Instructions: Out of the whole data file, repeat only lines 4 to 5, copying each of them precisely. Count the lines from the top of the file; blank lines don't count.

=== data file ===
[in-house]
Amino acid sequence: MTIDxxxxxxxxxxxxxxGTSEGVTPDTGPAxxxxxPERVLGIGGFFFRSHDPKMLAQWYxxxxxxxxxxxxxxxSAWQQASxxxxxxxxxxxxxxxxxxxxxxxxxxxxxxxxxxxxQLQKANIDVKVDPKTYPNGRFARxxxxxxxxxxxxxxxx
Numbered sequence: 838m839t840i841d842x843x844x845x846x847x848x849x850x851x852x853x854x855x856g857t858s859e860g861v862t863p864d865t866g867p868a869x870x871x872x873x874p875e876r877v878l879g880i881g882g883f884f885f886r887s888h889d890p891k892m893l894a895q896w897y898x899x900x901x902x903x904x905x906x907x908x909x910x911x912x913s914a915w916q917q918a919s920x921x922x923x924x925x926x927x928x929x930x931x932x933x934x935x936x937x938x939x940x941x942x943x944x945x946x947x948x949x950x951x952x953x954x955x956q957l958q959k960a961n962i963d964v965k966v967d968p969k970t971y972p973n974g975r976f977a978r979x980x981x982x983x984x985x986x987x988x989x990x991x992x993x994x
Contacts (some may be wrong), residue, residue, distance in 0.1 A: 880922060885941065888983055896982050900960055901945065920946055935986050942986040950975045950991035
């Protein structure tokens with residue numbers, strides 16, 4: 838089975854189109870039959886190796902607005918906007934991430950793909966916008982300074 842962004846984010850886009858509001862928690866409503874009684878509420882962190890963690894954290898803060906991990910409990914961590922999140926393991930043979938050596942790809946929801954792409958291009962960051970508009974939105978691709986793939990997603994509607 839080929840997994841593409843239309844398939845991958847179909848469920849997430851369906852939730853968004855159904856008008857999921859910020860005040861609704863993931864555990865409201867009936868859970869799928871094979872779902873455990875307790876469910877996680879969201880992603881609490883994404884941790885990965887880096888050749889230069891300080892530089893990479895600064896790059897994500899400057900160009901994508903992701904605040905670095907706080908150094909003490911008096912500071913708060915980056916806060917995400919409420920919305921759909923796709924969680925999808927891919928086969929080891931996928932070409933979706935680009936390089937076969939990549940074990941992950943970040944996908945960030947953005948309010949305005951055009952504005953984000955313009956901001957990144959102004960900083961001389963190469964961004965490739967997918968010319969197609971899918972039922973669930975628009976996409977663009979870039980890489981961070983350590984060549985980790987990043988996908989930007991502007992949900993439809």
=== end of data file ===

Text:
Contacts (some may be wrong), residue, residue, distance in 0.1 A: 880922060885941065888983055896982050900960055901945065920946055935986050942986040950975045950991035
């Protein structure tokens with residue numbers, strides 16, 4: 838089975854189109870039959886190796902607005918906007934991430950793909966916008982300074 842962004846984010850886009858509001862928690866409503874009684878509420882962190890963690894954290898803060906991990910409990914961590922999140926393991930043979938050596942790809946929801954792409958291009962960051970508009974939105978691709986793939990997603994509607 839080929840997994841593409843239309844398939845991958847179909848469920849997430851369906852939730853968004855159904856008008857999921859910020860005040861609704863993931864555990865409201867009936868859970869799928871094979872779902873455990875307790876469910877996680879969201880992603881609490883994404884941790885990965887880096888050749889230069891300080892530089893990479895600064896790059897994500899400057900160009901994508903992701904605040905670095907706080908150094909003490911008096912500071913708060915980056916806060917995400919409420920919305921759909923796709924969680925999808927891919928086969929080891931996928932070409933979706935680009936390089937076969939990549940074990941992950943970040944996908945960030947953005948309010949305005951055009952504005953984000955313009956901001957990144959102004960900083961001389963190469964961004965490739967997918968010319969197609971899918972039922973669930975628009976996409977663009979870039980890489981961070983350590984060549985980790987990043988996908989930007991502007992949900993439809």